postmodern christianity & the reformation

So, I disappear for weeks at a time and reappear to post twice in a single day.

It’s not because I’ve quit writing. I’m working on a long project, and it’s almost halfway done. The project is a departure from what I write here, though, and I’ve missed posting here for the world to enjoy (or tear apart – although pleasantly enough, I’ve never received hate-mail, probably because I rarely say anything controversial).

This Thanksgiving weekend, I am sick and staying at my parents’ house, so in lieu of something more energetic I pulled out three old journals and started reading. Those who know me well are aware that I reread my journals on a regular basis. I haven’t decided whether this betrays self-obsession or simply a desire to learn from the past. (I prefer to see it as the latter.)

In September 2007 I traveled from my then-home in southern Germany to Wittenberg, which is much further north. I’d been thinking about postmodernism and the Emergent Church, probably because some coworkers at the school had talked about it, and my thoughts about the new movement ran together with what I learned about the Reformation in Martin Luther’s hometown. Here’s what I wrote.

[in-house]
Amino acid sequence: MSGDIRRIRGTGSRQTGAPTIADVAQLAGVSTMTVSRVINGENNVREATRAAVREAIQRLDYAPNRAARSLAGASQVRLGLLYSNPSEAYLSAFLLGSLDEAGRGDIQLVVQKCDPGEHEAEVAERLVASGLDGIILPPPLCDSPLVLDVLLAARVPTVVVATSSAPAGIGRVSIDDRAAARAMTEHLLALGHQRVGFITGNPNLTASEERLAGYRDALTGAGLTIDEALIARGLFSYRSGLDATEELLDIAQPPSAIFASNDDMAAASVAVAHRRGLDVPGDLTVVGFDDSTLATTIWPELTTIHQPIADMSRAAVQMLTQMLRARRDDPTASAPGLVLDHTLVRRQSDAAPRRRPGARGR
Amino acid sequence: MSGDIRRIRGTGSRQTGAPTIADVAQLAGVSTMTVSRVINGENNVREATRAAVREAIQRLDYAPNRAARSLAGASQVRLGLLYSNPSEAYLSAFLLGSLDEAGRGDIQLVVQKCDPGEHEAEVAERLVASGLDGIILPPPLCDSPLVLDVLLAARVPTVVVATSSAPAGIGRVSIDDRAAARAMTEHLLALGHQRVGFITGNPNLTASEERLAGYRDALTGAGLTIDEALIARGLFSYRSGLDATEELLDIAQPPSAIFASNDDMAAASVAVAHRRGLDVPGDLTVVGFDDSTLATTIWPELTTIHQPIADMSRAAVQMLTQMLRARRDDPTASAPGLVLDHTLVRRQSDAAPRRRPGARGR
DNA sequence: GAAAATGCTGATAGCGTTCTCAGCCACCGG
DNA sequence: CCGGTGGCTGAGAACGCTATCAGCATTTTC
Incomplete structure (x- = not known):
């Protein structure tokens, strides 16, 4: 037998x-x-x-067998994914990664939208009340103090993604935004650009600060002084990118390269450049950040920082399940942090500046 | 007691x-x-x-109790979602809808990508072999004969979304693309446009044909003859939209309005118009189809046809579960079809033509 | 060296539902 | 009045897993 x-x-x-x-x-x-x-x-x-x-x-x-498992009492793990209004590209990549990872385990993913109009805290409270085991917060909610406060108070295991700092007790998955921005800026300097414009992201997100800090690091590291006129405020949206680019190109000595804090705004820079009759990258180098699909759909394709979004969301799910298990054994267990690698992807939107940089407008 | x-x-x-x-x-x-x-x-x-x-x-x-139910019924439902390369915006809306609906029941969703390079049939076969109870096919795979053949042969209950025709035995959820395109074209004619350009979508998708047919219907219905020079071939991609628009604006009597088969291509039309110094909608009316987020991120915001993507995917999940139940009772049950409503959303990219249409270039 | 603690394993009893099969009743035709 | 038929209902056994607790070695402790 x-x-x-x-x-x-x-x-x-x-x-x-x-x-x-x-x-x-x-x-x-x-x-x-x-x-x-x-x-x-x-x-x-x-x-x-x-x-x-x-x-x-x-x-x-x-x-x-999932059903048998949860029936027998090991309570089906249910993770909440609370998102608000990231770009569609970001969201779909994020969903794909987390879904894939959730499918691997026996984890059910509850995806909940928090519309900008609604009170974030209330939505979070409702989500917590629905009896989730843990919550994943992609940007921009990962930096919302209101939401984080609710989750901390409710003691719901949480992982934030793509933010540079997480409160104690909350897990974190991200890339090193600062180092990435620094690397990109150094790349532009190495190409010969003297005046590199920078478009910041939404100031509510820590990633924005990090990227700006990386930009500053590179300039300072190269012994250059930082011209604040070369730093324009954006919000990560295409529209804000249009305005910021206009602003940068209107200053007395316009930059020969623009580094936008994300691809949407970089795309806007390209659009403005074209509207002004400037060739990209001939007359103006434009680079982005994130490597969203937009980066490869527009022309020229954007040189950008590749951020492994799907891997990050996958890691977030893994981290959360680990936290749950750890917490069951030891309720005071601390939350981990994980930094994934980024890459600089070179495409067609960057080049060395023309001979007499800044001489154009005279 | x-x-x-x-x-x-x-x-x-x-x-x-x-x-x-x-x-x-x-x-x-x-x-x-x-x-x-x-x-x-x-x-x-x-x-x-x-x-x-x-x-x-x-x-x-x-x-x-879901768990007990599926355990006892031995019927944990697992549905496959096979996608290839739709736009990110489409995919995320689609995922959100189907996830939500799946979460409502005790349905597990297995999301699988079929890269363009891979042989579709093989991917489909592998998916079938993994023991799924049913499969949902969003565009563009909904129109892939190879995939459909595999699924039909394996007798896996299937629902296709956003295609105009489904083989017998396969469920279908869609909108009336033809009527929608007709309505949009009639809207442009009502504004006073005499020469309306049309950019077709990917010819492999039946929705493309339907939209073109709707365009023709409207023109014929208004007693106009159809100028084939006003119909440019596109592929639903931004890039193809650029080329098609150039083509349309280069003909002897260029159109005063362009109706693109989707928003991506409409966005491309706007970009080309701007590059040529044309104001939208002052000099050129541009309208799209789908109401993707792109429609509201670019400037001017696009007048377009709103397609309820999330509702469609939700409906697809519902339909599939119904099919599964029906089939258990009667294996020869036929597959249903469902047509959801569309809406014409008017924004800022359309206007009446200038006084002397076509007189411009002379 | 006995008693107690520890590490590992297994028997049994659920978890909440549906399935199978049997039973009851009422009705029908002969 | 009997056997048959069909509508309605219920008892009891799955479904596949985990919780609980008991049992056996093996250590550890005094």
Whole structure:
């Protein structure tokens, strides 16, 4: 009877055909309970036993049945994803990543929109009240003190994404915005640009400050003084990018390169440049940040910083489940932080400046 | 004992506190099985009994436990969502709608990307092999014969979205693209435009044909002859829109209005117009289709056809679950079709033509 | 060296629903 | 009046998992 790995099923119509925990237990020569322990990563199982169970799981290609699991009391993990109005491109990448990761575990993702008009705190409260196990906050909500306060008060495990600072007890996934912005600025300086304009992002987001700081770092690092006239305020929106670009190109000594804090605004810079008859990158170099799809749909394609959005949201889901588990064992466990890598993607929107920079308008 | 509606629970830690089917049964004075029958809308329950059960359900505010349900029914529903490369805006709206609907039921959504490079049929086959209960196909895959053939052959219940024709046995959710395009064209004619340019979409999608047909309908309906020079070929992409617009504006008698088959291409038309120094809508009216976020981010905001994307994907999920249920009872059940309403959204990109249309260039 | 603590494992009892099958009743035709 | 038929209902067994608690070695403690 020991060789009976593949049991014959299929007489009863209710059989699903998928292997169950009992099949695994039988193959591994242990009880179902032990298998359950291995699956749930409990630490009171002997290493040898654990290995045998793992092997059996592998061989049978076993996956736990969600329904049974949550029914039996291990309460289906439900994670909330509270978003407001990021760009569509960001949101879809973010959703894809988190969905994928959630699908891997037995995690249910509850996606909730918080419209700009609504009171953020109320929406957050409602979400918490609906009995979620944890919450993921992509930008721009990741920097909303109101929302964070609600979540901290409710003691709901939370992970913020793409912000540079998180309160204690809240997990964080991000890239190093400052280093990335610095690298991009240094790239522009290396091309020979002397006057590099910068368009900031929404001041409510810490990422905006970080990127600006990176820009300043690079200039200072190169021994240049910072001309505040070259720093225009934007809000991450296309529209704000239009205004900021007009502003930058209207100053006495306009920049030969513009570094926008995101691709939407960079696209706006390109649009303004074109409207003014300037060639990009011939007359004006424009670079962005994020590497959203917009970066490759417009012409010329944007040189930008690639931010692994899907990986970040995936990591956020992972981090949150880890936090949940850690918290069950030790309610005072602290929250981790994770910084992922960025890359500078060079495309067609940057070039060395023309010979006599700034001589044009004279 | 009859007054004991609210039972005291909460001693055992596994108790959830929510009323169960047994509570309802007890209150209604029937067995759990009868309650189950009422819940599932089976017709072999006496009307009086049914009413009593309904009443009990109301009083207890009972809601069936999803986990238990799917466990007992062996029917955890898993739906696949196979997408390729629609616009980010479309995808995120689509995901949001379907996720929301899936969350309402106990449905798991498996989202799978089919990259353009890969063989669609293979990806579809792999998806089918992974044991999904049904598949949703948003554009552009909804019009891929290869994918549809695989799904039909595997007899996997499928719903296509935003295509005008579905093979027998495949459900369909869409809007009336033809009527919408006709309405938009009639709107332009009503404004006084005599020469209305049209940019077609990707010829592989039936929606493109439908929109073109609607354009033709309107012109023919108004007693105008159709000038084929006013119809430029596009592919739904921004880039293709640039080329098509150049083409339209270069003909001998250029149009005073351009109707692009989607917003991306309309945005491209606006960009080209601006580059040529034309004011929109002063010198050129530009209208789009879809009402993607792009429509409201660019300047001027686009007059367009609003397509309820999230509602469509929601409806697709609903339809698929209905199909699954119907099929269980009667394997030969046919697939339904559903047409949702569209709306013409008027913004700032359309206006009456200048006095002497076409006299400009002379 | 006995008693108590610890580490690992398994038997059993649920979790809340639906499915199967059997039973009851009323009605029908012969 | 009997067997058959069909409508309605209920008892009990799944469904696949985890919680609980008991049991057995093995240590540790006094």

On the drive to Wittenberg today, I read a chapter from Francis Shaeffer’s book How Should We Then Live? about the Reformation, since we’re going to be seeing sites this weekend related to that movement. One thing he said (or rather, quoted from another writer) made me think about the postmodern/Emerging movement within the church. I am not saying I see exact parallels, simply that it’s fascinating to consider our contemporary movements in light of history, and how these turning points like the Renaissance and the Reformation were actual real-life movements that, like our current ones, didn’t know where they were headed. Here’s what Schaeffer wrote summarizing Burkhardt:

“He indicated that freedom was introduced both in the north by the Reformation and in the south by the Renaissance. But in the south it went to license; in the north it did not. The reason was that in Renaissance humanism man had no way to bring forth a meaning to the particulars of life and no place from which to get absolutes in morals. But in the north, the people of the Reformation, standing under the teaching of scripture, had freedom yet at the same time compelling absolute values.”

That seriously fascinates me: from what Schaeffer writes about the Reformation and its cry of “Sola Scriptura” (even putting the Bible on church altars – as if it is to be worshiped) I see how part of the postmodern argument rejects that idea, which has developed through western church history down through the ages. But while I don’t believe the Bible is to be esteemed above Christ himself, the Reformers certainly brought about much good. And Burkhardt has a point: freedom is great, but it needs absolutes to anchor it or it becomes just another type of slavery. There must be absolute truth and there is absolute truth. Two words from the lips of God are all the absolutes I need: “I AM.”


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